A Final Lesson

The following is a letter I published on the website for my students and, as it contains insights valuable to all of us, I have chosen to post it here, too.

Ladies and Gentlemen,

My time on the NAU campus has come to an end. After two sessions, six classes and 60-plus students, this moment is very bittersweet. I must take a moment to thank Ruth Cook and Duane Petty for hiring me and offering me the opportunity to step in front of students for the first time. Of course, Paula Phelps deserves a big hand for the tremendous support she’s given me from the start, both inside and outside the classroom—it makes life as an instructor that much easier. Last, but not least, I have to tip my hat to the remainder of the staff and faculty: I appreciate all your efforts in making me a part of the community and continue to be amazed by what you contribute to the campus.

To my students, I cannot begin to express how grateful I am for the gifts and cards. I will cherish the memory of your hugs and words wherever I go for the rest of my life—and will maintain a sugar rush from all the candy and cookies for several weeks, at least. I feel privileged to have been trusted with the awesome responsibility of playing a part in your education. With that in mind, I would be remiss if allowed us to part ways without a final lesson, something I hope you apply as you continue beyond campus walls:

1. Have great expectations
Achievement of any kind, whether getting a certification or becoming President of the United States, begins with an idea. Success, then, is a reflection of what you fix your mind on. Set your eyes on something far in the distance and pursue it with all your strength, through every hardship. When you are tired and think about giving up, remember what Thomas Paine wrote in The Crisis: “the harder the conflict, the more glorious the triumph.”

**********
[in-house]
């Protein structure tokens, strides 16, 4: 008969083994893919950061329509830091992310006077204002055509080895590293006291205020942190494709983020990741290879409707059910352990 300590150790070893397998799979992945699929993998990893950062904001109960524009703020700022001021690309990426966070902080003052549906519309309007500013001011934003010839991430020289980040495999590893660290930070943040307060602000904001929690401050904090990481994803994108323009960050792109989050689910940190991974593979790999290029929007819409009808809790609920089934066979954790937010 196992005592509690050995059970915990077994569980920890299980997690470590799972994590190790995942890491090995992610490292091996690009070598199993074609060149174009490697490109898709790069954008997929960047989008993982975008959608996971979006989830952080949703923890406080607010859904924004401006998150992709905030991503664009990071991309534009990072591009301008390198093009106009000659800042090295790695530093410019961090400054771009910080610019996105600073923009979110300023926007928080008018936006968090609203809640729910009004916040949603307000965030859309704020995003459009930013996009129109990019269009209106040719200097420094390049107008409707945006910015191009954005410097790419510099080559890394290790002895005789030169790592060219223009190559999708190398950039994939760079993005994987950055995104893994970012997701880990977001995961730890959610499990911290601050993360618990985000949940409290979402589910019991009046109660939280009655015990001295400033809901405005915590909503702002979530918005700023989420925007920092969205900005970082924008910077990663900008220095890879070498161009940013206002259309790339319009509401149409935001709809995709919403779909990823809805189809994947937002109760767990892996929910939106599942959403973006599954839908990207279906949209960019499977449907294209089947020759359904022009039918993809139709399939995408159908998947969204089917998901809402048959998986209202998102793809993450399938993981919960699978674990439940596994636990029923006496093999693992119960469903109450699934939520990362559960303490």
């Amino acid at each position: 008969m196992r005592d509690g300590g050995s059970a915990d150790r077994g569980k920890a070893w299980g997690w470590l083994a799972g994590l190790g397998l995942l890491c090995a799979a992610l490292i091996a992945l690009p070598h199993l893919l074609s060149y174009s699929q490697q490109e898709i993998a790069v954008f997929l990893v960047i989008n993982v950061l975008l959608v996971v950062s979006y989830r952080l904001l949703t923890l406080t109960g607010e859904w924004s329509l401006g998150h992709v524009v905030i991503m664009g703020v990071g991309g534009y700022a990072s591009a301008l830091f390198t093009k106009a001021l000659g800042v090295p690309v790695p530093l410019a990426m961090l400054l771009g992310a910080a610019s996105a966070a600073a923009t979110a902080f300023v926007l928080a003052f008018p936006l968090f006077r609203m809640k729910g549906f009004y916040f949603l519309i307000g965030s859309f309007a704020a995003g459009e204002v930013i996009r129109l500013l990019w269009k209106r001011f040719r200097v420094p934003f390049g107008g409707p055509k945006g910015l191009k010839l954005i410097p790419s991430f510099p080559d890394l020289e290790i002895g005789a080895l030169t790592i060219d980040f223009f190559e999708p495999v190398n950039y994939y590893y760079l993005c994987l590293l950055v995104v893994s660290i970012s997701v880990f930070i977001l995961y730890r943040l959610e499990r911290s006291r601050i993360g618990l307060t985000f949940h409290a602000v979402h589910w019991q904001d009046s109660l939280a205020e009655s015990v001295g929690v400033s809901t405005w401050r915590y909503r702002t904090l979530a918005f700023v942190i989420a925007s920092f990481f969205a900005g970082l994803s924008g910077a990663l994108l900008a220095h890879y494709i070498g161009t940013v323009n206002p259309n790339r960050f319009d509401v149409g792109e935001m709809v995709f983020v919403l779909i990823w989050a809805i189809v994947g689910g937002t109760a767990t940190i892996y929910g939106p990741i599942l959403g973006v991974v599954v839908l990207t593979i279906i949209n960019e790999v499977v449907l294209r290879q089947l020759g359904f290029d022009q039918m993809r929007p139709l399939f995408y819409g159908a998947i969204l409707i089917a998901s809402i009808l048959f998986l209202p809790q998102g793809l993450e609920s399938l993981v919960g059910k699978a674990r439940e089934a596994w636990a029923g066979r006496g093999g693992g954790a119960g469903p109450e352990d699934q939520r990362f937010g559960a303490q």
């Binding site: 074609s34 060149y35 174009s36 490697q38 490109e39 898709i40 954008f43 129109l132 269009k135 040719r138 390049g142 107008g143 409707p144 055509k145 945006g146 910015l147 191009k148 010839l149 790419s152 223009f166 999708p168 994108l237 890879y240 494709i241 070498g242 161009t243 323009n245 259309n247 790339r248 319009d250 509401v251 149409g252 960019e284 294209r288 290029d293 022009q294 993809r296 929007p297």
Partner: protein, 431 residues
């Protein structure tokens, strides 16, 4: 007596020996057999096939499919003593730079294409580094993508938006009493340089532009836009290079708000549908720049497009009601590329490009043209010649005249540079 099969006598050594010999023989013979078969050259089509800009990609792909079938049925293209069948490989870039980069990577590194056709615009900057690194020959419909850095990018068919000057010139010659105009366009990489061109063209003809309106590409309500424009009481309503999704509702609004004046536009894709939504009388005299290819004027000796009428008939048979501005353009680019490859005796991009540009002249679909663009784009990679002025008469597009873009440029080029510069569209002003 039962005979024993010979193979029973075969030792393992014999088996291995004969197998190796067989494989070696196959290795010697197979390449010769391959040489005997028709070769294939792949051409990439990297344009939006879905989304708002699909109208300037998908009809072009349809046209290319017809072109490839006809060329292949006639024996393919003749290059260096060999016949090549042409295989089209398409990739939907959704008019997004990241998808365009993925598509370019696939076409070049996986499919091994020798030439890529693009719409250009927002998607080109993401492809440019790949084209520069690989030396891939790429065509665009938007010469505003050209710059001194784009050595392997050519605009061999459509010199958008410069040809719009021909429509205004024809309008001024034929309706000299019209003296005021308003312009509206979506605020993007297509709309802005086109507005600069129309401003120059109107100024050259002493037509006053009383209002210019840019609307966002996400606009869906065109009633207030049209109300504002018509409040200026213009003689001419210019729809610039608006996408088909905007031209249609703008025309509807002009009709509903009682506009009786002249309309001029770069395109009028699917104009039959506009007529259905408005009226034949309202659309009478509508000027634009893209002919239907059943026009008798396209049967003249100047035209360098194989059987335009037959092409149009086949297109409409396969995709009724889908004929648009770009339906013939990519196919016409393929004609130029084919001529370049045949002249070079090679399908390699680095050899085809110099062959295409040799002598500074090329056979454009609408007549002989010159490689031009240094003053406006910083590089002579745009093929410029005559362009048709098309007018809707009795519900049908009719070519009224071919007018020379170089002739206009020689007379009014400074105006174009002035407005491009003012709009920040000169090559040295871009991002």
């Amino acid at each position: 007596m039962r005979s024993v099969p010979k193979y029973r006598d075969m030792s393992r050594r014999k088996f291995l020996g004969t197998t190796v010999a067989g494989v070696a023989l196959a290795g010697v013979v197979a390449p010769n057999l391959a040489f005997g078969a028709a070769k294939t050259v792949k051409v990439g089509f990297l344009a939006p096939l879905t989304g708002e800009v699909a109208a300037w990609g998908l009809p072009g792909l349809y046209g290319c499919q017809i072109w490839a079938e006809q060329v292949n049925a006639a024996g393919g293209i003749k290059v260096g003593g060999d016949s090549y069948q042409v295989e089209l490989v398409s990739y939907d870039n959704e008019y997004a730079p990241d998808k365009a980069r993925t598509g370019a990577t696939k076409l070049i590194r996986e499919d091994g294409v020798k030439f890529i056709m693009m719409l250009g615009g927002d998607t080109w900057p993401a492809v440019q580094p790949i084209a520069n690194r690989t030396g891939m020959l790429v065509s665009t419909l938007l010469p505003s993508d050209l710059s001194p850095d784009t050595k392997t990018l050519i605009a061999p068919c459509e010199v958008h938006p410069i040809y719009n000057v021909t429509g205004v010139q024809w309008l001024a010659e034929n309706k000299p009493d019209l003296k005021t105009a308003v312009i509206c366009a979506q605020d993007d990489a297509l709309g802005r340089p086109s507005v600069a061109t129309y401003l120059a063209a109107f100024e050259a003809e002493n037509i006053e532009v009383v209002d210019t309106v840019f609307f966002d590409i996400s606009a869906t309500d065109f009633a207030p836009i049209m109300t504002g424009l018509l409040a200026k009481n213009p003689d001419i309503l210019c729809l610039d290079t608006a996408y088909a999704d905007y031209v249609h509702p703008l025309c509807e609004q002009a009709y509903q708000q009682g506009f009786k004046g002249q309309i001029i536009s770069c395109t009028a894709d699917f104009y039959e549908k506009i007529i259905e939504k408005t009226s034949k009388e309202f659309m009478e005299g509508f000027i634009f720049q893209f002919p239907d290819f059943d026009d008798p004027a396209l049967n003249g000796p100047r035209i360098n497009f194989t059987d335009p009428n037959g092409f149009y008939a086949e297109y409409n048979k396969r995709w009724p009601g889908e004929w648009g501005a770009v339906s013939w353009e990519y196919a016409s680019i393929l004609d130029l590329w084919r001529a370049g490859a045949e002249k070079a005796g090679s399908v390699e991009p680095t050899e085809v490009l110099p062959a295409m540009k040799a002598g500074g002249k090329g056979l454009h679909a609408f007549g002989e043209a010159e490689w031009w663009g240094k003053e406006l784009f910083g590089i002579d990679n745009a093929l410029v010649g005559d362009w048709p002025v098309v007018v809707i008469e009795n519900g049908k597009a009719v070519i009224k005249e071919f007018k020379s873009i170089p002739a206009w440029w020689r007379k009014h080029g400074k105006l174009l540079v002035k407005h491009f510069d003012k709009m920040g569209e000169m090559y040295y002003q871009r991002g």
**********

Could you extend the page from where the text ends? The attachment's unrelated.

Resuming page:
Understand the difference between a goal and a step. The first is the target, a fixed point you are heading towards, in the same way Kansas City will always be exactly where it is. The second is how you get there, a series of movements leading to your destination—be open to taking any road, regardless of how treacherous or far out of the way it seems. As long as you keep driving on, you will get where you want to.

2. Do your part
Whatever it is you’ve set out to do, realize the lion’s share of effort will be yours. Though there will be others that help you along the way, most of the work will fall at your feet–from meeting the right people to learning the proper skills to performing at a high level in the field. Understand this fact, concentrate on being your best and let the cards fall where they may; more often than not, things will end up in your favor.

3. Make the best of every situation
The cushion of extra credit is absent in everyday life. We walk a fine line in the healthcare environment, there is no room for mistakes. Failure is a learning experience, accepted as part and parcel of the high-stakes practice of medicine. For some of you, a coding error or HIPAA violation may cost your employer money. For others, a patient may be injured or die.

Sometimes things will not go your way. Take a moment to figure out what you can correct and what you did well, then use that knowledge the next time. Always keep in mind that if you’re perfect, chances are pretty good you aren’t really doing anything.

It is my distinct honor to have stood before you and witnessed your growth as human beings. Believe in yourself, work hard, spread kindness and I am certain you will go as far as you wish.

With sincere best wishes now and always,

Jason Eichacker, DC


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